Sir, – It was striking to note the recent independent review on the quality of learning for children with additional support needs (ASN).
This highlights that it is an area overly reliant on “committed individuals”.
The report noted that legislation designed to protect and improve the educational experience of ASN youngsters is not consistently implemented across the country and is not visible or equally valued within Scottish education.
These are concerns we as a coalition have been raising for some time and this situation will only worsen with rising levels of poverty and inequality, as the proportion of those with ASN is more prevalent in deprived communities.
An education learning expert has highlighted that the attainment gap between Scotland’s richest and poorest pupils will be made five times worse by December under current plans for combining school and home learning due to Covid-19.
For those with ASN this situation, we predict, will be even worse, reinforced by the fact that while the number of those with ASN has risen by almost a third since 2012, there has been a cut in spending of just under £1,000 for each of these pupils.
If we are to give those children and young people with ASN the best possible start in life, to truly value them, this means they get the support they need and that means putting our money where our mouth is as a society.
The Scottish Children’s Services Coalition:
Tom McGhee, Chairman, Spark of Genius;
Kenny Graham, Principal, Falkland House School;
Niall Kelly, managing director, Young Foundations;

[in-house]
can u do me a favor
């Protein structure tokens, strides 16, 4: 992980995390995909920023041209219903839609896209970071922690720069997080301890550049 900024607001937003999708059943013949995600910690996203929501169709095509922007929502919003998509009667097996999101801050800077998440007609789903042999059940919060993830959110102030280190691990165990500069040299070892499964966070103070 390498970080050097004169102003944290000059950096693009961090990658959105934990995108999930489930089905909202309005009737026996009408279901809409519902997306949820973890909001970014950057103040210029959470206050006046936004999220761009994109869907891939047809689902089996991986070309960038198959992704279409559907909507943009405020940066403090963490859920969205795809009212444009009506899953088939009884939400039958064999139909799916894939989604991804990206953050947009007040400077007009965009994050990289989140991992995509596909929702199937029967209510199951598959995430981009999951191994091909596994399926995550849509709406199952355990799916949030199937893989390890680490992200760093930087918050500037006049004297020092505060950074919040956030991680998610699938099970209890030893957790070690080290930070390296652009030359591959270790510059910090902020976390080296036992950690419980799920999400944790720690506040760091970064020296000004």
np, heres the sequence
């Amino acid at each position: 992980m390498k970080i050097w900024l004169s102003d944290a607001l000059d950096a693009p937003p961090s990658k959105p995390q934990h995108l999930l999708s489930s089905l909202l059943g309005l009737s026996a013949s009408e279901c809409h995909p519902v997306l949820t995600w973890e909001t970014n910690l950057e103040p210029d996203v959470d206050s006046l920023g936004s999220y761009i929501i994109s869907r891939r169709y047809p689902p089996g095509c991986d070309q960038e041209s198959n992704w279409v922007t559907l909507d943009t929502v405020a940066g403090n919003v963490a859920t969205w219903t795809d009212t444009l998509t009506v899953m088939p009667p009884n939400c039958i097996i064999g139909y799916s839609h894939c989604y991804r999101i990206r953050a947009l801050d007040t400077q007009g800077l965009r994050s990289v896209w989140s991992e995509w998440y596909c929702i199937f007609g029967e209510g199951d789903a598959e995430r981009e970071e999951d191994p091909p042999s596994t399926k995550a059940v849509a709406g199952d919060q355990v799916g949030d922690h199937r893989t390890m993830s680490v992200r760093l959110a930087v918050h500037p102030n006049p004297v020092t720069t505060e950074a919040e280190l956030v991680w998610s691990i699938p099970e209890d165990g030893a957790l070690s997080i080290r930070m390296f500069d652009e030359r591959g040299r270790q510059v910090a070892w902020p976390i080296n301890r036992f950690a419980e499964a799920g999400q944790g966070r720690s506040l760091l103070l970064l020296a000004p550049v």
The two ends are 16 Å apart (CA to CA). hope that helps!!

Lynn Bell, CEO, LOVE learning.
Repulsion at fly-tipping shame
Sir, – Scotland is suffering from an epidemic of fly-tipping.
Yet another disgusting heap of accumulated rubbish was irresponsibly dumped by Dronley Road on Saturday, with masses of broken glass and other dangerous rubbish strewn across the carriageway.
I phoned to report this act of selfish vandalism and was very pleased to see a team from Tayside Contracts attending the site less than an hour later.
Well done Angus Council for a prompt and effective response!
But utter shame on the selfish, lazy fly-tippers.
We all know that our planet is struggling under a tide of human rubbish, so what depraved and deluded dimwit can think it acceptable to use our glorious countryside as a dumping ground for their rubbish?
We urgently need very strong public condemnation of this repulsive behaviour, coupled with hefty penalties.
Be serious about face coverings
Sir, – To date there are upwards of 150 new confirmed cases of Covid linked to the Welsh chicken factory.
All the workers wore face masks which does suggest that those scientists who believe that face masks make little difference to the spread of the virus may be correct.
The same has happened in Germany where new clusters of the virus have arisen despite wearing of face masks.
Two of the UK scientists who advocated the wearing of face masks now blame the public for not wearing them correctly and people should be given training as to how to put them on and off.
If the government are serious about face covering they should order a bulk supply of face visors as visors can be easily cleaned in soapy water, they do not need constant adjustment so obviate any risk of passing the virus from your hands when adjusting a face mask, and as you can see the other person’s lips you do not further disadvantage those who are hard of hearing and are assisted by lip reading.